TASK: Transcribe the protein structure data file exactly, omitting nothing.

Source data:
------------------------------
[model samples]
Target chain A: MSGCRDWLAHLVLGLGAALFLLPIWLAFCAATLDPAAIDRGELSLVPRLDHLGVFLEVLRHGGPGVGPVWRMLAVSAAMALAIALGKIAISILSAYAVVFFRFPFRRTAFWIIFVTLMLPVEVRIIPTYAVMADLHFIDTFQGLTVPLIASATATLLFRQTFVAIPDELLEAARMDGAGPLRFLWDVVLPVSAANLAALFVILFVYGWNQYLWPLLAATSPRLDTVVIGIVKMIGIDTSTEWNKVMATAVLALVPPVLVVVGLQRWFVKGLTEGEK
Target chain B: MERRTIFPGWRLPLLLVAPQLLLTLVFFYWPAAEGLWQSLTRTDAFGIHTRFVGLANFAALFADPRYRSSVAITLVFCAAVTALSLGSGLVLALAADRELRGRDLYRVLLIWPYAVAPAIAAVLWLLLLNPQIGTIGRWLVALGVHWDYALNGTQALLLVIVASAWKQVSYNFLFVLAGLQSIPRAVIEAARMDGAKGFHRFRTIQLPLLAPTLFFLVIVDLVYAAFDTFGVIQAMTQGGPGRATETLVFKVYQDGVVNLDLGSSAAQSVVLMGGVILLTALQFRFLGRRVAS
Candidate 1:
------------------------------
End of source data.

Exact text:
[model samples]
Target chain A: MSGCRDWLAHLVLGLGAALFLLPIWLAFCAATLDPAAIDRGELSLVPRLDHLGVFLEVLRHGGPGVGPVWRMLAVSAAMALAIALGKIAISILSAYAVVFFRFPFRRTAFWIIFVTLMLPVEVRIIPTYAVMADLHFIDTFQGLTVPLIASATATLLFRQTFVAIPDELLEAARMDGAGPLRFLWDVVLPVSAANLAALFVILFVYGWNQYLWPLLAATSPRLDTVVIGIVKMIGIDTSTEWNKVMATAVLALVPPVLVVVGLQRWFVKGLTEGEK
Target chain B: MERRTIFPGWRLPLLLVAPQLLLTLVFFYWPAAEGLWQSLTRTDAFGIHTRFVGLANFAALFADPRYRSSVAITLVFCAAVTALSLGSGLVLALAADRELRGRDLYRVLLIWPYAVAPAIAAVLWLLLLNPQIGTIGRWLVALGVHWDYALNGTQALLLVIVASAWKQVSYNFLFVLAGLQSIPRAVIEAARMDGAKGFHRFRTIQLPLLAPTLFFLVIVDLVYAAFDTFGVIQAMTQGGPGRATETLVFKVYQDGVVNLDLGSSAAQSVVLMGGVILLTALQFRFLGRRVAS
Candidate 1: